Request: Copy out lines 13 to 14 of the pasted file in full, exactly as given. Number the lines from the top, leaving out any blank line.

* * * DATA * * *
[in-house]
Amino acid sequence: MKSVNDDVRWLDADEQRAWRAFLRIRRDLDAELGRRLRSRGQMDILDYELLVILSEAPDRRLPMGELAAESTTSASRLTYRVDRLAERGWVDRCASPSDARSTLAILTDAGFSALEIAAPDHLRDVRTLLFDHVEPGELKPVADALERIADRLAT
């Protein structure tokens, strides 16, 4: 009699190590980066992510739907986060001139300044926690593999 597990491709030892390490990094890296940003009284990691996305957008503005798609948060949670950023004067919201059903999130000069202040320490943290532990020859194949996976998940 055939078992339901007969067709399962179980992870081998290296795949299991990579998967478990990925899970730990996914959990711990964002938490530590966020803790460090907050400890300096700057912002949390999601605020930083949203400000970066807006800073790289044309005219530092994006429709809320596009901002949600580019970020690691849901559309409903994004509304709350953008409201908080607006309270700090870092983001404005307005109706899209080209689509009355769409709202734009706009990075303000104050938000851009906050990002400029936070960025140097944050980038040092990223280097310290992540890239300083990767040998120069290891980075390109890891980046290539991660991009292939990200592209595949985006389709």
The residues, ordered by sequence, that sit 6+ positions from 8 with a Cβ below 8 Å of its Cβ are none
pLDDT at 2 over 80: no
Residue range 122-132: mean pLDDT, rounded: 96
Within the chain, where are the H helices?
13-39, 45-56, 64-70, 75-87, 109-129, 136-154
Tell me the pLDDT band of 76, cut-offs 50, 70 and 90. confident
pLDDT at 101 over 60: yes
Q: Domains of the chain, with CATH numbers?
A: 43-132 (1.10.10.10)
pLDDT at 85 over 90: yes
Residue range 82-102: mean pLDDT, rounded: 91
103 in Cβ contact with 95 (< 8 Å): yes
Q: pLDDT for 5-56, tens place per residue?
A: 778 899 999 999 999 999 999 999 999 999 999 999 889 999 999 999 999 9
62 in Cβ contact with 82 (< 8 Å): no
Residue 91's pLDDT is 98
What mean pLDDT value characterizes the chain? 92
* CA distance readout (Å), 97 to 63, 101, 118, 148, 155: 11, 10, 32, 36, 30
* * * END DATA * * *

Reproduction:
pLDDT at 85 over 90: yes
Residue range 82-102: mean pLDDT, rounded: 91